One personal assistant became a target when he failed to arrange the installation of a high-speed digital data line to Mr. Jobs's office fast enough to suit the interim CEO. The worker said Mr. Jobs fired him for the delay, but rescinded the firing the next day after he had cooled down. (The worker ended up resigning soon afterwards).
Apple had some stumbles during Mr. Jobs's second coming, including a cube-shaped Macintosh that failed to catch on and was scrapped in 2001. The failure was one reason that Apple posted a quarterly loss and warned it would miss estimates several times in 2000 and 2001.
But big hits followed. In 2001, Apple introduced a PowerBook laptop made from titanium, a metal more frequently found in fighter airplanes. The same year, it introduced the iPod, which transformed digital music players with features such as its smooth shape and DJ-like wheel for navigating through songs. As of Sept. 2010, Apple had sold more than 275 million iPod devices since its introduction, and it has more than 70% market share in the market for digital music players.
A key differentiator was the iTunes Music Store, opened in 2003. At the time, the music industry was largely sitting on the sidelines of the digital revolution, badly wounded by illegal downloads but unable to agree on an easy, inexpensive way to sell songs online. But Mr. Jobs helped convince major record labels to sell recordings for 99 cents each, along with antipiracy restrictions that most consumers found acceptable.
The store, which has sold more than ten billion songs, became the largest music retailer in the U.S. in 2008. It also became an incentive for consumers to buy iPods because, for much of its history, songs from the iTunes store could only be downloaded to Apple's music player and not devices made by other companies.
At the same time, Mr. Jobs was building a deep bench of executives. He recruited former Compaq Computer Corp. executive Tim Cook in the late 1990s to straighten Apple's operations and promoted him over time to chief operating officer. Ron Johnson, senior vice president of Apple retail, was hired from Target Corp. in 2000 to launch Apple's stores worldwide. Apple's lead industrial designer Jonathan Ive took charge of the physical look-and-feel of the company's products and is said to share in Mr. Jobs's sensibilities about design.
In 2004, Mr. Jobs had to lean on this bench when he disclosed that he had had surgery to remove a cancerous tumor from his pancreas. Apple revealed the procedure in early August 2004, but a person familiar with the situation said Mr. Jobs first learned of the tumor during a routine abdominal scan nine months earlier. The board and Mr. Jobs said nothing to Apple shareholders as the Apple executive, during that time, dealt with the tumor through changes to his diet, the person said.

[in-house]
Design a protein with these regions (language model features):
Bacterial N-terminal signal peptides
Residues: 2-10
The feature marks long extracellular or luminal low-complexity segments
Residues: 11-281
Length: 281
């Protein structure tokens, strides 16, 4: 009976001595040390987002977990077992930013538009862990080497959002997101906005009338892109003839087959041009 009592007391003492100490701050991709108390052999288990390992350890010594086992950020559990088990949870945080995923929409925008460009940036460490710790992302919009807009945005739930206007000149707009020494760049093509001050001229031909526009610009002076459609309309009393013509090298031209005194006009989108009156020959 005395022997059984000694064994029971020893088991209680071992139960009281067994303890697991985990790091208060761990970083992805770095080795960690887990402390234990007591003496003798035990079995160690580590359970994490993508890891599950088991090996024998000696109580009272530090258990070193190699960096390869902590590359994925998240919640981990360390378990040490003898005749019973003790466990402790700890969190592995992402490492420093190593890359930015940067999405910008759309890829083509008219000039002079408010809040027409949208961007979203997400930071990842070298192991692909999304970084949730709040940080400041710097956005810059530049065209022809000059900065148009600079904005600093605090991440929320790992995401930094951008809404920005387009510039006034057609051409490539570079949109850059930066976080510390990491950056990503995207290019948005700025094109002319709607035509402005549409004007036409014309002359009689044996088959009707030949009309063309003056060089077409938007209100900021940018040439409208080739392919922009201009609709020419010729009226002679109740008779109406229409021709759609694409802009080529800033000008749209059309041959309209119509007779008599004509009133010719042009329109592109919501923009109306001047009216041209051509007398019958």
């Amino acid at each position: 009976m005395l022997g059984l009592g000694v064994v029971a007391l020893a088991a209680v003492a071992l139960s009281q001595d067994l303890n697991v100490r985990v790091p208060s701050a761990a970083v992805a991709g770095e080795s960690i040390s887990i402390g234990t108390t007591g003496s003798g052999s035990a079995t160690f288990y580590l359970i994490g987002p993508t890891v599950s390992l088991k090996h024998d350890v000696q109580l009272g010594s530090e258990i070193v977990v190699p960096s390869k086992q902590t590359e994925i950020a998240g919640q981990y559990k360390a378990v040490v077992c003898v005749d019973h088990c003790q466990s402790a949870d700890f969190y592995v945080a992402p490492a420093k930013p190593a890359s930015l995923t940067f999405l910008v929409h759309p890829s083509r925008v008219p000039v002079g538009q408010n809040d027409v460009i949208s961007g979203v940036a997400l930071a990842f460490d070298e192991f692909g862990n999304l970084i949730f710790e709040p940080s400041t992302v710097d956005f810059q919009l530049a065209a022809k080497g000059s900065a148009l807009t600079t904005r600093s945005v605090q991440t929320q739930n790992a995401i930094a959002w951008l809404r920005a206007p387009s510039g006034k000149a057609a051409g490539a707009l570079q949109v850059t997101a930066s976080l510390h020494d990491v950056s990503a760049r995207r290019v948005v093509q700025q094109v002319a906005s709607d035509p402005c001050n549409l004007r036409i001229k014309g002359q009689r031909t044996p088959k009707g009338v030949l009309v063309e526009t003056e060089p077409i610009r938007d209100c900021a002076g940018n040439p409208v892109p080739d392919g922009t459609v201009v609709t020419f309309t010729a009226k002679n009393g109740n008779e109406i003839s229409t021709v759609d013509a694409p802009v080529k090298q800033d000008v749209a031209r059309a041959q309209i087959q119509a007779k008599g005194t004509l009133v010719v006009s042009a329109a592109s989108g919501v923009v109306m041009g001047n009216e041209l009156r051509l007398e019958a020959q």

In June 2007, Mr. Jobs made another splash when Apple introduced the iPhone. The cellphone pushed the envelope in the mobile phone market with features that included a touch-screen interface, allowing tricks such as blowing up images by spreading a thumb and finger on the phone's surface.
Mr. Jobs was typically hands on in the creation of the iPhone. People familiar with the matter say the CEO was the one that made a decision to change the screen of the iPhone from plastic to glass after he unveiled the product at the Macworld trade show in 2007. The iPhone team scrambled to procure glass that would meet his exacting standards, so the devices could be manufactured in time for the launch, which took place just seven months later.
Despite skepticism about Apple's ability to enter an already-competitive market dominated by the likes of Research in Motion Ltd.'s Blackberry devices, Apple quickly became a force in the mobile phone market, selling 92 million iPhones as of December 2010. The product kicked into a higher gear earlier this year when Apple said it would begin selling iPhones through Verizon Wireless in addition to carrier AT&T.
Last year, Mr. Jobs also unveiled the iPad tablet computer to great fanfare, billing it as "magical and revolutionary". In the first nine months of the product's release, Apple sold 14.8 million iPads as consumers snapped them up to use as a casual multimedia device for activities such as emailing, watching video and reading. People who work closely with Mr. Jobs said the project was so important to him that he was intimately involved in its planning even while recovering from his 2009 liver transplant.
A major selling point for both the iPhone and iPad has been the App Store, which allows developers to easily make application programs that users can download for free or for a small fee; the store meanwhile has seen more than seven billion downloads as of the end of 2010.
One cloud to Mr. Jobs's reign came in 2006 when Apple also disclosed that an internal investigation had discovered that stock option grants to Apple executives between 1997 and 2002-- including to Mr. Jobs-- were improperly dated. Apple became the most high-profile technology company caught up in a broad series of options backdating scandals that helped inflate the profits executives made from their stock awards.
Apple later disclosed that Mr. Jobs helped select the favorable option dates, but denied that he did anything wrong since he didn't understand the accounting implications of his actions. Apple's investigation ended up blaming two ex-Apple executives – former general counsel Nancy Heinen and former chief financial officer Fred Anderson – for their role in the backdating. Both were later charged by the Securities and Exchange Commission. They ended up settling the charges. Mr. Jobs was never charged with any wrongdoing.
Those who knew Mr. Jobs say that one reason why he was able to keep innovating was because he didn't dwell on past accomplishments or legacy but kept looking ahead and demanded that employees do the same. Hitoshi Hokamura, a former Apple employee, recalls how an old Apple I that was displayed by the company cafeteria quietly disappeared after Mr. Jobs returned in the late 1990s.
"Remembering that you are going to die is the best way I know to avoid the trap of thinking you have something to lose," Mr. Jobs said in a commencement speech at Stanford University in June 2005, almost a year after he was diagnosed with cancer.